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We Need More Housing!

Raleigh has a housing supply problem. Data shows that the housing inventory for sale has gone from a peak of 13 months of supply in 2011 to about 2 months of supply for the last couple of years. As a result, the average price per square foot of houses sold has increased by 45% since 2013. Meanwhile, in the rental market, apartment occupancy rates are over 95%, the highest since 2001 and our rental rates are growing at the sixth-highest rate amongst all large cities in the US. Given these market and conditions, and a net increase of over 40 people per day moving to Raleigh, who can argue that Raleigh needs less housing? The lack of existing supply is exactly why we are seeing dramatic increases in housing costs in Raleigh today.

We can’t control how many people move to Raleigh, but the City Council can enact policies that increase supply and lower costs. While I support high-rise buildings downtown, there are other ways to increase density across the city that don’t mean bigger buildings and don’t cost the city a penny.

Here are four good places to start:

1 – Zoning issues. There are plenty of issues related to zoning that the City Council could address such as the rules around Accessory Dwelling Units (ADUs), or Granny Flats. ADUs are small housing units, usually found in a backyard, where a relative or renter may live. Currently, an arduous process exists which essentially requires a 10-acre re-zoning process and input from what could be 60 homeowners in the surrounding area. What is framed as a compromise is in truth a clever ploy to practically prevent ADUs without banning them. Additionally, single-family only zoning hinders opportunities for denser neighborhoods and more homes. Duplexes and triplexes could be legalized citywide to maximize the number of homes which can be built without much impact on existing neighborhoods. These homes fit right into existing neighborhoods with little notice beyond an extra door! Finally, building multiple, smaller units on the same plot of land is another way to bring down the cost of new housing and better utilize the land we have available.

2 – Speed up the development review process. The development review process in Raleigh is so long and onerous that many smaller developers can’t afford to work here, and some larger developers are looking elsewhere. It is not uncommon for development projects to be held up for months in the permitting process, and every unproductive day is lost revenue. That cost is passed down to the buyer or renter. City councilors have also been known to micro-manage city staff and complain to their superiors if they don’t agree with the actions of staff members, further dragging out the review process.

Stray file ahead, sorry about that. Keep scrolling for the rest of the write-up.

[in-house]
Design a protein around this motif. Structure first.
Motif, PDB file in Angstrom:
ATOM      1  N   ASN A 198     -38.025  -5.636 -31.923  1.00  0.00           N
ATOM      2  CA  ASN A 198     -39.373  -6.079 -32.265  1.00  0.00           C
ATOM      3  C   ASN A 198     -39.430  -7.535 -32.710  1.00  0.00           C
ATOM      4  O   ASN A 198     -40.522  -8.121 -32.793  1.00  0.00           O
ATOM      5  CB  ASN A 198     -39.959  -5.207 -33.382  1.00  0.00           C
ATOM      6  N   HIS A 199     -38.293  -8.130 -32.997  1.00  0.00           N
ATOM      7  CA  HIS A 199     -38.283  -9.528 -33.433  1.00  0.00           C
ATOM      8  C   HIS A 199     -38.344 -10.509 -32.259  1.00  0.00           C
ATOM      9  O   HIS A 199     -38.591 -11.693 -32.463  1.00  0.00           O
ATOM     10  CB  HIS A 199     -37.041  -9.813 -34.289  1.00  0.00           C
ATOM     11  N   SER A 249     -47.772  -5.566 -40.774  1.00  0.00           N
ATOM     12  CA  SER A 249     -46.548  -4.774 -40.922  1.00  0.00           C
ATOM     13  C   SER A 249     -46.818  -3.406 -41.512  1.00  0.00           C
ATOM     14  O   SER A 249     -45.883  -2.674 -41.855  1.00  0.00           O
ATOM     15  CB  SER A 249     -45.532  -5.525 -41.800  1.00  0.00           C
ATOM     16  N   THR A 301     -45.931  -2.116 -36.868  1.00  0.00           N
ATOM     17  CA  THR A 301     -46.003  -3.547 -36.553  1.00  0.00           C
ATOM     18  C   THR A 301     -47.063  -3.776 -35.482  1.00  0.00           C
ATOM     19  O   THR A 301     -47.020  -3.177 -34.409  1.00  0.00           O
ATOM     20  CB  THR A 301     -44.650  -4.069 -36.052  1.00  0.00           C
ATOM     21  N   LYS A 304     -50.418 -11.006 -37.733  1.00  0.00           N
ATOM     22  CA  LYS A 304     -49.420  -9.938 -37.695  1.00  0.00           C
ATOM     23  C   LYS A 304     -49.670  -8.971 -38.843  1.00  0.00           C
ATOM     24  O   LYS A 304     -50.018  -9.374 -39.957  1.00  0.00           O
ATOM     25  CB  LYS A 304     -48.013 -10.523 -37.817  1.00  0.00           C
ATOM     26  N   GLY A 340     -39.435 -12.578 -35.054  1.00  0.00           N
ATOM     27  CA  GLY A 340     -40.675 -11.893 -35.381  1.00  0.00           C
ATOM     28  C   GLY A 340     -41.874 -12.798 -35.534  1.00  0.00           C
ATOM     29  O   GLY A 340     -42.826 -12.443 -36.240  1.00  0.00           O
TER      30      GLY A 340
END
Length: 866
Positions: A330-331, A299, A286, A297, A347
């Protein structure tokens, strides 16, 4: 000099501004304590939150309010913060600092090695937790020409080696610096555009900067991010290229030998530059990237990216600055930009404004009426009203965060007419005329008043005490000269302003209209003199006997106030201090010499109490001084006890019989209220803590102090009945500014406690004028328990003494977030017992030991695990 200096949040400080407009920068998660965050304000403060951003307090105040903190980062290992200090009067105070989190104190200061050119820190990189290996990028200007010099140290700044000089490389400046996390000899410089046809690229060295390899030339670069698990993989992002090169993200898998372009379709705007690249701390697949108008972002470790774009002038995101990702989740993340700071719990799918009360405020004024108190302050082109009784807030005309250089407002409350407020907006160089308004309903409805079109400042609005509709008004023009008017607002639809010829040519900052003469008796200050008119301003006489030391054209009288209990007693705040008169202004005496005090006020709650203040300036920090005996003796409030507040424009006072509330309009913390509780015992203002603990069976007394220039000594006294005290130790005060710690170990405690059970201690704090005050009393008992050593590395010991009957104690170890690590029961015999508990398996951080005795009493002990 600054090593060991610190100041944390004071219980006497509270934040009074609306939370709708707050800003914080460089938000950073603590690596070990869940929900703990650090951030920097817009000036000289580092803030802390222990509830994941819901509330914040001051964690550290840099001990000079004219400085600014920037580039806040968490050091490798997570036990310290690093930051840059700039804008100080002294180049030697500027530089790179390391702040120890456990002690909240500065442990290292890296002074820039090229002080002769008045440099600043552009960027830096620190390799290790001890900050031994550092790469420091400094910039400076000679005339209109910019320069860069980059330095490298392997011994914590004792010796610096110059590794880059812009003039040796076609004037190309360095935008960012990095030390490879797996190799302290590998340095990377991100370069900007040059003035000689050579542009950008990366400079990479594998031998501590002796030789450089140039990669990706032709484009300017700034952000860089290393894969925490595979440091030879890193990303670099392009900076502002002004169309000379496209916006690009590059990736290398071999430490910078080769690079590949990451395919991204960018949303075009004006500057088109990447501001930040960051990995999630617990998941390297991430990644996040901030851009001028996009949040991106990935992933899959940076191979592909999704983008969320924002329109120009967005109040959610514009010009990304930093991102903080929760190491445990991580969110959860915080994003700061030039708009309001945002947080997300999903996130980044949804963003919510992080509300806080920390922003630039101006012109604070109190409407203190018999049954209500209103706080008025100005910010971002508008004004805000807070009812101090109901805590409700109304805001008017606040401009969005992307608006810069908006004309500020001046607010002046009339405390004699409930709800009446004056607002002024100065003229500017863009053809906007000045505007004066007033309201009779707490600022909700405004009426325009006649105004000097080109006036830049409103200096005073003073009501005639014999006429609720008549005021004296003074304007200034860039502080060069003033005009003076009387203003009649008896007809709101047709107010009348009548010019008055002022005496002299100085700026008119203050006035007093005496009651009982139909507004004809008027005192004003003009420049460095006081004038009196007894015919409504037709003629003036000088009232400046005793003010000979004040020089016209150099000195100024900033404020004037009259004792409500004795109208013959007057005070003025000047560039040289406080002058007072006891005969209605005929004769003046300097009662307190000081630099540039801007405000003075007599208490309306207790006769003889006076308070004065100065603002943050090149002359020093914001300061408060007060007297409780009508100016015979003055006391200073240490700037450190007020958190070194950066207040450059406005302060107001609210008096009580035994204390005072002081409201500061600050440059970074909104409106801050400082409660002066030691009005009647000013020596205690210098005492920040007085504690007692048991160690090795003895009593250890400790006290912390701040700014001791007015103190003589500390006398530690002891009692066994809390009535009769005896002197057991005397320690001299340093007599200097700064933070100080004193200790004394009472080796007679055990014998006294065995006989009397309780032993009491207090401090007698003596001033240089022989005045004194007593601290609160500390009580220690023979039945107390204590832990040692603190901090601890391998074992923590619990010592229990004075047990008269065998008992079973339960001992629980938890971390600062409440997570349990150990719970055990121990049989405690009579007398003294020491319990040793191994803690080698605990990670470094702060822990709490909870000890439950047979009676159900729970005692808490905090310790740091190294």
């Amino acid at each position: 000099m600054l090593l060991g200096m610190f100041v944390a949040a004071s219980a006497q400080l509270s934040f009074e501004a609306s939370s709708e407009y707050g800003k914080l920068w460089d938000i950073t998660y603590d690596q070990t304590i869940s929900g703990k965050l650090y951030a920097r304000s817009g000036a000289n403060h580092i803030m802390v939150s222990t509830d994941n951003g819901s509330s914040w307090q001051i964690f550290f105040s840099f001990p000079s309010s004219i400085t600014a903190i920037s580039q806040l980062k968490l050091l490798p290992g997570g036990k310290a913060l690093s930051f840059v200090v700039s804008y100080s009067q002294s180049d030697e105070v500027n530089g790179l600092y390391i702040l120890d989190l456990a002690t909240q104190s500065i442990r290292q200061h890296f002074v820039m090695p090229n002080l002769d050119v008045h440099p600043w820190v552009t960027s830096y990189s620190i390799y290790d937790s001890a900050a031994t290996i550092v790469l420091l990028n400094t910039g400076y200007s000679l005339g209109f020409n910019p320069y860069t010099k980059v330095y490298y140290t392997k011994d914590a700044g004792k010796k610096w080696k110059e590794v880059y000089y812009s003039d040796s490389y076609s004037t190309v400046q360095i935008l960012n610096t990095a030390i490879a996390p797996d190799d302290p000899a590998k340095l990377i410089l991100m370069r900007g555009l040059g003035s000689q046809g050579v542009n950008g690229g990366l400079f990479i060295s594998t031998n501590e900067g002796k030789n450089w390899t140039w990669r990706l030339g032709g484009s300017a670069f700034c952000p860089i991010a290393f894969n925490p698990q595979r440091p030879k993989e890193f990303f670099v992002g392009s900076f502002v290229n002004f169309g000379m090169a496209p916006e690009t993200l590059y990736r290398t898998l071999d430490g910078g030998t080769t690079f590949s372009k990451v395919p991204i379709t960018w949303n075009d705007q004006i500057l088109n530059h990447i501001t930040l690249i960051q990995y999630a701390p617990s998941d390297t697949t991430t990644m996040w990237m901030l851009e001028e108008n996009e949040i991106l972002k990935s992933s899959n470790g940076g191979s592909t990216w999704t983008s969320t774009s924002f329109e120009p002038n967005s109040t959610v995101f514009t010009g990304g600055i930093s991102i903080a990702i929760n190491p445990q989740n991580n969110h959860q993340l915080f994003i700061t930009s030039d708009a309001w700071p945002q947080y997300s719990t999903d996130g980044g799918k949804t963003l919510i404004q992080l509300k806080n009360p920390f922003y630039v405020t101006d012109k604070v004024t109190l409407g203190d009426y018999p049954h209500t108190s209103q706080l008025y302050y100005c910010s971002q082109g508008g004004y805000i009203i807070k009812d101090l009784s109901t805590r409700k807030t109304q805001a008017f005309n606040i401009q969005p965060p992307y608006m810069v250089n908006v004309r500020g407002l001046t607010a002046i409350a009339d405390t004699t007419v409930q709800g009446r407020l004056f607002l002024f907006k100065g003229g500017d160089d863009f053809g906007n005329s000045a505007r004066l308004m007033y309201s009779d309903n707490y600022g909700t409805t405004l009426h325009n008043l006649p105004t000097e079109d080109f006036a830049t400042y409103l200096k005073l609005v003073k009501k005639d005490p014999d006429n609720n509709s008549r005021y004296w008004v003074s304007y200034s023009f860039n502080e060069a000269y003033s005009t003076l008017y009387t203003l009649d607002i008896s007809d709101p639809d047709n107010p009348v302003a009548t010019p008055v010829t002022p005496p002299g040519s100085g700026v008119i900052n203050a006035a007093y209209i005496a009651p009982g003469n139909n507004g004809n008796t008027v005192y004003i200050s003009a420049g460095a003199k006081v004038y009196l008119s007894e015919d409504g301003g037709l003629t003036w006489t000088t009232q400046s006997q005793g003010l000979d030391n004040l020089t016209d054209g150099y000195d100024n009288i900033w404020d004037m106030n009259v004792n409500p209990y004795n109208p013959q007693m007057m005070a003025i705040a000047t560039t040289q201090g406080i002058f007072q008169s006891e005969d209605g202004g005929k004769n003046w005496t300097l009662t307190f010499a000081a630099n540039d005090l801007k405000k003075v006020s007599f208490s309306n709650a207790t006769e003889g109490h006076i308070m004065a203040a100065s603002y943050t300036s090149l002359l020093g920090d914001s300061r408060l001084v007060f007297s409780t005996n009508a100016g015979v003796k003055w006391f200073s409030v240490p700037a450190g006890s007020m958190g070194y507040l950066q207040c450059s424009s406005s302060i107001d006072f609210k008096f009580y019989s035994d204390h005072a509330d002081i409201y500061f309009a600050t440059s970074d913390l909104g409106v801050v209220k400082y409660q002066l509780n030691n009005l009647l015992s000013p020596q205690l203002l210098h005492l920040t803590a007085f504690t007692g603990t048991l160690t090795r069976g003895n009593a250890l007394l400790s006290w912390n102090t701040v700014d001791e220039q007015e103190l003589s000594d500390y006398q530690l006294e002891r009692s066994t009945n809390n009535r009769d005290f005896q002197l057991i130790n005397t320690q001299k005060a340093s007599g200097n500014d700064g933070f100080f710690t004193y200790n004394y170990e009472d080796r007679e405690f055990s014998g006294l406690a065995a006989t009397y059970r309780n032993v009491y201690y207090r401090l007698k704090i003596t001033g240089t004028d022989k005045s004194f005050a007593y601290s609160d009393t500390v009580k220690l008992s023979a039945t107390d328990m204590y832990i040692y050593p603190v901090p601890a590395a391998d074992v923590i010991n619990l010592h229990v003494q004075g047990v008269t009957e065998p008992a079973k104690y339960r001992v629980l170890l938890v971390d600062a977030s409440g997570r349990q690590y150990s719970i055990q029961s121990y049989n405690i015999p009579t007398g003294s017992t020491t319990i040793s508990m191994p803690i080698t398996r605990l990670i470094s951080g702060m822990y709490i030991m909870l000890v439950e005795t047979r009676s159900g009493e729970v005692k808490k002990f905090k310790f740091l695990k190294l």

3 – Eliminate parking minimums and reduce minimum lot sizes. Parking is expensive and forces developers to buy extra land and/or build large, expensive parking decks. We are moving towards non-car centric transportation in our urban areas; let the market decide how much parking is necessary. If developers know people will not rent or buy what they are building without parking, they will build parking. It’s a similar story with minimum lot sizes which can drive up the cost of new housing, especially as land cost rises.

4 – Adopt robust transit overlay districts. This option would result in some buildings taller than is currently allowed, but with all the money we are investing in better bus transit infrastructure in Raleigh, we need to fully capitalize on that investment by increasing population density. The most obvious place to implement these districts with increased density allowances are along the four planned bus rapid transit (BRT) corridors: New Bern Ave, Western Blvd, Capital Blvd, and US401. Council is discussing this now, but they have dragged their feet as they have with anything that may increase density. We need to act now because any development that happens along these corridors will remain for at least 50 years. All new development needs to be built with transit in mind. The more people that live near fast and reliable transit, the more people we can keep out of cars and limit congestion. Creating an environment where people can live car-free isn’t just good for traffic; it also lowers the cost of living significantly for residents.

All of these options could be implemented fairly quickly by a motivated City Council. We have an opportunity to choose every member of Raleigh City Council by voting on October 8th. Go vote!


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